On Silence

5 minute read

Do not go gentle into that good night,
Old age should burn and rave at close of day;
Rage, rage against the dying of the light. — Dylan Thomas

I have been trying to write unsuccessfully this month, something, anything really. It seems that I have run out of ideas. Or perhaps out of steam. My attention is diverted in too many ways to allow for the required focus to actually produce anything. I have become a consumer. I have noticed in recent months that my ability to control my own mind is growing weaker and weaker to the point where at any given moment, I might drift off into a state of unpresentness. So I have fallen silent. This is almost entirely my own fault as the urge to pick up the phone and look at Twitter or Instagram or the markets is completely my own. These things of no real importance have become the moments of my spare time. So much so that when I want to actually do something productive, my physical energy level can only stand a few moments before needing a break. How can one hope to create something interesting when allowing only five minute increments in which to do it? Even while writing those 177 words, the urge to pick up my phone or gaze out the window thinking of anything else was immense. Concentration is both a skill and a habit and the harder you work on the latter, the stronger the former becomes. But like physical exercise or diet control or anything else, it is easier to allow it to lapse, knowing of course somewhere that the longer it lapses, the hard it is to regain.

Strength in all things comes through effort and trial. Weakness comes in comfort and sloth. I’m rereading Antifragile and one of the tell tale differences between fragility and antifragility is psychological comfort versus psychological discomfort but with a sense of adventure. I realize that much of my adult life has been focused on gaining as much psychological comfort as possible. Physically at times I have veered into discomfort through training and effort and those times have been some of my most proud. Rarely psychologically have I done the same. That sense of adventure is missing. Even during my sabbatical, I did comfortable things. This hit home recently when I saw Tim Ferris’s TED talk on fear setting. In it, he talks about his process for identifying and effectively destroying fear as opposed to finding goals to chase. Fear setting is the corollary to goal setting but few of us ever explicitly do it. We let our fears unconsciously sabotage our best efforts. We worry about all the terrible things that might happen from action but fail to examine the terrible things that might also happen from inaction. It is easier to imagine ourselves as humiliated because of some action we wrongly took than it is to imagine ourselves as bitterly regretful over things we were too afraid to do. Yet those results of inactivity are what lead to a disappointing life. No one who ever wrote a terrible book later wished they had sat on the couch watching TV instead. But plenty of us will look back and wonder what might have been different if only we had written a terrible book. Replace book with any goal. Inactivity, the silence of our actions, is what we will one day look back on with regret. And regret is the most awful emotion.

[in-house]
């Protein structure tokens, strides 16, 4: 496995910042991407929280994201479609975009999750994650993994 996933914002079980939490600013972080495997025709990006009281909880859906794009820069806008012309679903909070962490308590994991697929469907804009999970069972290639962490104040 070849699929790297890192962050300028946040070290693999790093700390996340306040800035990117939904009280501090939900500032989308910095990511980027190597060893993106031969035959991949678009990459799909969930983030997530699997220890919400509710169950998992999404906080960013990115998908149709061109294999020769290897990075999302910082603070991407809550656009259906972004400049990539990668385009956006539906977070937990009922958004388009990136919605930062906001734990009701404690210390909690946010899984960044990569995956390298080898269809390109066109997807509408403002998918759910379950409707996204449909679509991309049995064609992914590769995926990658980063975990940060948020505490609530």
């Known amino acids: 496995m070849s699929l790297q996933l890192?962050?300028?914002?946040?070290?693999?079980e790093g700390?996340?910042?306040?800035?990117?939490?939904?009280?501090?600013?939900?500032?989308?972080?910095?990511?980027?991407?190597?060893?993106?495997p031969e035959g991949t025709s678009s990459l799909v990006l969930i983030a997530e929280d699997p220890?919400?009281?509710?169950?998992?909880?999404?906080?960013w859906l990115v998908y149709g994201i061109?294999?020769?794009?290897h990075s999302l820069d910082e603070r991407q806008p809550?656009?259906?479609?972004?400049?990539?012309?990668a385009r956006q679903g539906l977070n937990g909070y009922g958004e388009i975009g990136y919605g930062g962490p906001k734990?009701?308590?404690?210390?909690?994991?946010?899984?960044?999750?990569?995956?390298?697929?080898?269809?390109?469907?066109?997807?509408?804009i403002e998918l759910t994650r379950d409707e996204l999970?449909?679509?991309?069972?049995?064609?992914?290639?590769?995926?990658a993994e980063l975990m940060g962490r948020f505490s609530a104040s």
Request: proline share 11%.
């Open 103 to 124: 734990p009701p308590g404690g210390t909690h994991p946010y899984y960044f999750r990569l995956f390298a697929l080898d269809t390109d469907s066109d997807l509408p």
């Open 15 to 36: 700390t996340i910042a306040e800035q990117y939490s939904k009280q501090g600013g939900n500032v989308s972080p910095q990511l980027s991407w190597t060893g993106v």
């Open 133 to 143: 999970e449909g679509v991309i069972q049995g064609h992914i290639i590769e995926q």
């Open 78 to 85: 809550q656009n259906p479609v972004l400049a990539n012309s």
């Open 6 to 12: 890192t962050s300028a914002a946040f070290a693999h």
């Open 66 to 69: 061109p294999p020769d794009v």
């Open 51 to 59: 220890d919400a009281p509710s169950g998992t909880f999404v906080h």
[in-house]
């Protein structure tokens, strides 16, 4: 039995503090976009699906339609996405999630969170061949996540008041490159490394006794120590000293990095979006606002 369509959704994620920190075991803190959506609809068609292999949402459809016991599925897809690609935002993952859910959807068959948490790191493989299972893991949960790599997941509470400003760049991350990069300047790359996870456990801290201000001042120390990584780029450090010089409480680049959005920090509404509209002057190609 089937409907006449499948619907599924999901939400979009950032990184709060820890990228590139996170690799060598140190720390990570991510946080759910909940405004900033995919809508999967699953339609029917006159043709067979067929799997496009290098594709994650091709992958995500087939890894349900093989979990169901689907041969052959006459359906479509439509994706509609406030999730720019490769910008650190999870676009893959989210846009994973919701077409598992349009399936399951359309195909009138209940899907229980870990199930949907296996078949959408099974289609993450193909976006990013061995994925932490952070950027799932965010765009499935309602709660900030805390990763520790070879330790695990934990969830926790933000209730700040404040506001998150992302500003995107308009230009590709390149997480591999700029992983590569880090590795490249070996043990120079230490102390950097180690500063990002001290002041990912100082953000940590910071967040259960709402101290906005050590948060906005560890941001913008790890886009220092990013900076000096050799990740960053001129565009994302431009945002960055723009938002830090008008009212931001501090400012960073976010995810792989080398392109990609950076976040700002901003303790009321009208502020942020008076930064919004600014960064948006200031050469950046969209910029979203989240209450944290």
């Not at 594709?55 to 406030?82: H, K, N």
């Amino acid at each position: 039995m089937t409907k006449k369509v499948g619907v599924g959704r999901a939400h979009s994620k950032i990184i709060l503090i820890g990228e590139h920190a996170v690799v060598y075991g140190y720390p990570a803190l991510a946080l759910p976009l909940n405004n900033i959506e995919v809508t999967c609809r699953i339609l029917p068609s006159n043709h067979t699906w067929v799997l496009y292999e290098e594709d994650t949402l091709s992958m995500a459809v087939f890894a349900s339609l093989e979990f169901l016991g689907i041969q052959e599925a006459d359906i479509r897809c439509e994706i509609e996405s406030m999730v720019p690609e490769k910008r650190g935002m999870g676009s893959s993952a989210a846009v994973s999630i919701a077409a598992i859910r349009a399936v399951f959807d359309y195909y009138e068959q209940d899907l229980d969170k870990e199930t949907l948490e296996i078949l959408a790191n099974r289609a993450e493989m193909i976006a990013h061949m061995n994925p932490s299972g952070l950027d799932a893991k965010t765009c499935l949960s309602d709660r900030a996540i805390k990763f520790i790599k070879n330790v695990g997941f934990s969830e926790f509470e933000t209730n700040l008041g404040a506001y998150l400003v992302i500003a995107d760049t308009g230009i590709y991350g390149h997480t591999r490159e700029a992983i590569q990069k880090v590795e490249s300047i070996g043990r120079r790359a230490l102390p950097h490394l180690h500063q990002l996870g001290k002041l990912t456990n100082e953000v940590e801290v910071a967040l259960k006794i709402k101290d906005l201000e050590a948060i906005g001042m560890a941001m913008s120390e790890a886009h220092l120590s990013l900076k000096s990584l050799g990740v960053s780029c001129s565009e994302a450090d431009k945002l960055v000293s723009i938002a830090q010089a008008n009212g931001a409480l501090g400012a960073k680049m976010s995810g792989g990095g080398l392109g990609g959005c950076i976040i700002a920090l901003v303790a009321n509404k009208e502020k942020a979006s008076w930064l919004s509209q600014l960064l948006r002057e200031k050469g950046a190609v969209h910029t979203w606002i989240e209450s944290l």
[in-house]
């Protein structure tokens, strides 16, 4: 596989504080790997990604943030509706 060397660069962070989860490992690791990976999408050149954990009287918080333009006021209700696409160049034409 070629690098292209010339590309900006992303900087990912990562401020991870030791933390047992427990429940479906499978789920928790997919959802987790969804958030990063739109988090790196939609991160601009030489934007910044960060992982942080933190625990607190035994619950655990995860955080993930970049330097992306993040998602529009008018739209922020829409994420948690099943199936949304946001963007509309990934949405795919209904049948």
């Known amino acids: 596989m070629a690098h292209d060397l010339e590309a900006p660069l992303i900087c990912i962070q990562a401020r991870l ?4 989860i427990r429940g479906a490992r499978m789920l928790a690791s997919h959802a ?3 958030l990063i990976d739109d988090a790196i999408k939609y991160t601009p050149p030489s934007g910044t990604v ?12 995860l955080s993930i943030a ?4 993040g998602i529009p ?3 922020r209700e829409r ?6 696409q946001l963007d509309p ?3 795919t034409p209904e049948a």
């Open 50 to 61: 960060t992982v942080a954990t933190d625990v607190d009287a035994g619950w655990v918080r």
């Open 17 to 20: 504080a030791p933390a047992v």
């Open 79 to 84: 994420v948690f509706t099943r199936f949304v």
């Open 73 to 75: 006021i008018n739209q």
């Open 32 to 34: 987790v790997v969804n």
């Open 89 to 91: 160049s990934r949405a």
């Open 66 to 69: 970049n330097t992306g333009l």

My silence comes from a division of attention and an internal critic with a deafening voice so overwhelming as to have become normal, as if the deafness of my creativity is how it has always been and not an artifact of being shouted at all the time. I am afraid to write a terrible book or play terrible music or draw terrible things. But literally doing those things can result in no real harm. The worst possible case is that I will have written a terrible books that my friends won’t even read while saying nice platitudes like “Wow 360 pages is a long book, I’m sure that means it’s good.” If your ego can’t stand doing something terrible at first, you don’t have to worry about doing anything great.

Much of this fear comes from being externally motivated. It’s why I once wanted to be an actor. I loved the feedback. But hidden within that is a desire to be a craftsman, motivated only by the excellence of the work. The internal critic has no power there because I alone am the judge of the craftsmanship. Unleashing that intrinsic motivation, the desire for excellence, could be a key to unlocking the silence. Overcoming the fear of being wrong or terrible can be done by just focusing on the work. The happiest artists are those who are consumed with the excellence of their work and not the reactions to it. Worry less about what horrible things might happen when you take action and focus on the work.

Humans are bad at examining the effects of inactivity. It will always be easier to see the results of some action than at some point in the future see the results of not having taken an action. The “what if” can never really be answered which makes it so intractable. But by focusing on the worst case, which is what Ferriss prescribes, we can see with better focus what might happen if we take no action at all towards our goals. What might life be like in 3 or 6 or 12 months if you take no action at all towards your goals? The easiest answer is that life will be exactly like it is today. Am I satisfied with that or does it terrify me to think of being in the exact same place a year from now? Where is the sense of adventure in that?

Silence can be deafening in that by remaining silent on our goals, we become deaf to what our true potential might be. There is a time for silence but it should not be the norm. Make loud, raucous noises towards your dreams as often as you can. That is one key to a fulfilling life.